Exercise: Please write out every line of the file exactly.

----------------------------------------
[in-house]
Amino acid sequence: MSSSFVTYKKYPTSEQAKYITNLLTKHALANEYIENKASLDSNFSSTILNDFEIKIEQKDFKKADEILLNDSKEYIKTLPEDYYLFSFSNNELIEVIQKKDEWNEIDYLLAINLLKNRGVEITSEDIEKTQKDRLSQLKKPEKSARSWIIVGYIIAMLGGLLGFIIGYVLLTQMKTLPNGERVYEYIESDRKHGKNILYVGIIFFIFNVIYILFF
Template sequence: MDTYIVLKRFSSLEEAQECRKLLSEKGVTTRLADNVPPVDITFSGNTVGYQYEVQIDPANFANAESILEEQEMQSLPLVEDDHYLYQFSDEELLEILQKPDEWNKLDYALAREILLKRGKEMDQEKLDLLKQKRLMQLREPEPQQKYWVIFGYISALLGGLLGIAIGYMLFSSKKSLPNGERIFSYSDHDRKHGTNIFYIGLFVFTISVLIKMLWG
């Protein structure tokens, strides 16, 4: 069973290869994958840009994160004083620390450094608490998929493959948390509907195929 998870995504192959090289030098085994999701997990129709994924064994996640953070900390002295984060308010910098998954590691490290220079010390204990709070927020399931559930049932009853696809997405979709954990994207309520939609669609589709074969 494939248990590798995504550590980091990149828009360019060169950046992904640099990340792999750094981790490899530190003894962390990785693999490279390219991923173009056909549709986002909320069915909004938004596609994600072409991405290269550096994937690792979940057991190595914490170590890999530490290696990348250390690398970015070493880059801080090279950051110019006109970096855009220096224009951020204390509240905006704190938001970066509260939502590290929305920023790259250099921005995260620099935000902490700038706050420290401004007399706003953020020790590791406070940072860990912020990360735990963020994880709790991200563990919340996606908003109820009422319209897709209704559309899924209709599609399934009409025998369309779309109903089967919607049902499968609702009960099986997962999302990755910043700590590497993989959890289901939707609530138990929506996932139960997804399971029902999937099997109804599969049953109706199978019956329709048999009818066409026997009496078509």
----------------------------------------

[in-house]
Amino acid sequence: MSSSFVTYKKYPTSEQAKYITNLLTKHALANEYIENKASLDSNFSSTILNDFEIKIEQKDFKKADEILLNDSKEYIKTLPEDYYLFSFSNNELIEVIQKKDEWNEIDYLLAINLLKNRGVEITSEDIEKTQKDRLSQLKKPEKSARSWIIVGYIIAMLGGLLGFIIGYVLLTQMKTLPNGERVYEYIESDRKHGKNILYVGIIFFIFNVIYILFF
Template sequence: MDTYIVLKRFSSLEEAQECRKLLSEKGVTTRLADNVPPVDITFSGNTVGYQYEVQIDPANFANAESILEEQEMQSLPLVEDDHYLYQFSDEELLEILQKPDEWNKLDYALAREILLKRGKEMDQEKLDLLKQKRLMQLREPEPQQKYWVIFGYISALLGGLLGIAIGYMLFSSKKSLPNGERIFSYSDHDRKHGTNIFYIGLFVFTISVLIKMLWG
């Protein structure tokens, strides 16, 4: 069973290869994958840009994160004083620390450094608490998929493959948390509907195929 998870995504192959090289030098085994999701997990129709994924064994996640953070900390002295984060308010910098998954590691490290220079010390204990709070927020399931559930049932009853696809997405979709954990994207309520939609669609589709074969 494939248990590798995504550590980091990149828009360019060169950046992904640099990340792999750094981790490899530190003894962390990785693999490279390219991923173009056909549709986002909320069915909004938004596609994600072409991405290269550096994937690792979940057991190595914490170590890999530490290696990348250390690398970015070493880059801080090279950051110019006109970096855009220096224009951020204390509240905006704190938001970066509260939502590290929305920023790259250099921005995260620099935000902490700038706050420290401004007399706003953020020790590791406070940072860990912020990360735990963020994880709790991200563990919340996606908003109820009422319209897709209704559309899924209709599609399934009409025998369309779309109903089967919607049902499968609702009960099986997962999302990755910043700590590497993989959890289901939707609530138990929506996932139960997804399971029902999937099997109804599969049953109706199978019956329709048999009818066409026997009496078509």